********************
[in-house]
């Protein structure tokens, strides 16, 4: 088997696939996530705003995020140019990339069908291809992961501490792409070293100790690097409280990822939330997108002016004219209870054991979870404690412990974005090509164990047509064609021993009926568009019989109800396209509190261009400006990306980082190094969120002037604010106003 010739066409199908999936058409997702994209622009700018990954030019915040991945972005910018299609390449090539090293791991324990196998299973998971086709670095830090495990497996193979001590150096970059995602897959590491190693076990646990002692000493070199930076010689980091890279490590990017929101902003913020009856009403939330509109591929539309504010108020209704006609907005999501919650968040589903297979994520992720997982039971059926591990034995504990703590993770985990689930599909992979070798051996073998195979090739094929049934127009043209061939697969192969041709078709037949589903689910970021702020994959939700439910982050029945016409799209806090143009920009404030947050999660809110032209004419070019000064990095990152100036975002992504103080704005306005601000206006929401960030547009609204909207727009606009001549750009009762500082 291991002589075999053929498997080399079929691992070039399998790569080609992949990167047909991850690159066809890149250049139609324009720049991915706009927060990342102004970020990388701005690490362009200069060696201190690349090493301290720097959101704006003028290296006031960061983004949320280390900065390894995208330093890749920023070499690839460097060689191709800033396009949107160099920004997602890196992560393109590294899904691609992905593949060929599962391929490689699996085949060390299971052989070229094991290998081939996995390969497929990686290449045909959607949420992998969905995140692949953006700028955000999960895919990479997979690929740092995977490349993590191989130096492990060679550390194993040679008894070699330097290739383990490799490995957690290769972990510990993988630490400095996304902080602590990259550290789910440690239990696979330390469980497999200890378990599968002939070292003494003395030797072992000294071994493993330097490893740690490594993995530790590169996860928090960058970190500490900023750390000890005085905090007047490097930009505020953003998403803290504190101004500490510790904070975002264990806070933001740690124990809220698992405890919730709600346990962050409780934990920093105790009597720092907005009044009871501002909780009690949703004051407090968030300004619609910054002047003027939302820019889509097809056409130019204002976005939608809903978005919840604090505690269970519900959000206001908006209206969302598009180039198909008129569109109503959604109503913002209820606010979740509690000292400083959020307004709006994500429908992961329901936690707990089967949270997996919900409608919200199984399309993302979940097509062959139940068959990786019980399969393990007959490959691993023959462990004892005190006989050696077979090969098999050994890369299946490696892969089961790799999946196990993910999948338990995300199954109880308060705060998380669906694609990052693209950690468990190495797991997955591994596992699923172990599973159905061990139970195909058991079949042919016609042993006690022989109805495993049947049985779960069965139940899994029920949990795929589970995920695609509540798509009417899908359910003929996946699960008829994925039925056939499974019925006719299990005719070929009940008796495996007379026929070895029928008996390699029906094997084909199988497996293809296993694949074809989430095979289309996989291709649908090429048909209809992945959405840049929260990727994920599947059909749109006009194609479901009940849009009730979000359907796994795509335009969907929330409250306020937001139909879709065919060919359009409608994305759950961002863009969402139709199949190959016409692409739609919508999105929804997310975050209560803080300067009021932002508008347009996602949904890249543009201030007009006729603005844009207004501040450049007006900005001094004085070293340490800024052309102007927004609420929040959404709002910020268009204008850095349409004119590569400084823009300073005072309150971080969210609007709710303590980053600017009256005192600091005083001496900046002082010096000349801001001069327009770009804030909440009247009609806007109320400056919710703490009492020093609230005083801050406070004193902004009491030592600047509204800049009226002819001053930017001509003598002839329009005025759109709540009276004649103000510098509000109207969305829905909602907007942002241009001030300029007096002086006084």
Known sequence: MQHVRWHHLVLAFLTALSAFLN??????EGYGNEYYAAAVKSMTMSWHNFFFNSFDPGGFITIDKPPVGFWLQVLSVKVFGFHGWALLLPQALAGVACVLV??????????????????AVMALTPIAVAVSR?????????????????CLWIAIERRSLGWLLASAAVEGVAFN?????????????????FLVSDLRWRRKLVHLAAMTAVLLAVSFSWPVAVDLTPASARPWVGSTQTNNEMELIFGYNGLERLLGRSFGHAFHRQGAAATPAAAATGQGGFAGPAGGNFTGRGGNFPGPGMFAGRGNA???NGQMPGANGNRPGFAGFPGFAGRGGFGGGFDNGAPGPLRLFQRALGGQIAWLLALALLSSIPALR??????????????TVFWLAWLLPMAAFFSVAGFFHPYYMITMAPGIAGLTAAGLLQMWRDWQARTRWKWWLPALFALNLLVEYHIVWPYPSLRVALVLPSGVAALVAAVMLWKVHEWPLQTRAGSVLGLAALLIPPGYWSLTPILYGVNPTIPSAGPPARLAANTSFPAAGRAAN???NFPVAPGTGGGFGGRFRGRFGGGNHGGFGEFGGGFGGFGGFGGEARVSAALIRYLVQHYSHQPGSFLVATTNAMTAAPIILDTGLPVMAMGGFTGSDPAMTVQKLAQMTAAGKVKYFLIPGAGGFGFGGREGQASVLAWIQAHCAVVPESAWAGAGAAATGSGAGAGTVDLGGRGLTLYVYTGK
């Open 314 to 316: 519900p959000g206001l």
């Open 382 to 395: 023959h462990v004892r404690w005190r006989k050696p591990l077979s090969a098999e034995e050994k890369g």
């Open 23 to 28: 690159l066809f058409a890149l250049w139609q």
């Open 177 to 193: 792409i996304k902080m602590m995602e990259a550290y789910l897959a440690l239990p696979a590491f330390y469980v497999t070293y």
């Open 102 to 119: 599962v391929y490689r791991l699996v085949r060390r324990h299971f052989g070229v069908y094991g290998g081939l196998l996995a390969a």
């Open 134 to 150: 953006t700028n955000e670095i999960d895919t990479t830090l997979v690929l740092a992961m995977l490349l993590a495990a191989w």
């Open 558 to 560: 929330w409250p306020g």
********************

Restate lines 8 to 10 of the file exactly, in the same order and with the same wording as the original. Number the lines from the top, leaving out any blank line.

């Open 102 to 119: 599962v391929y490689r791991l699996v085949r060390r324990h299971f052989g070229v069908y094991g290998g081939l196998l996995a390969a």
């Open 134 to 150: 953006t700028n955000e670095i999960d895919t990479t830090l997979v690929l740092a992961m995977l490349l993590a495990a191989w």
């Open 558 to 560: 929330w409250p306020g």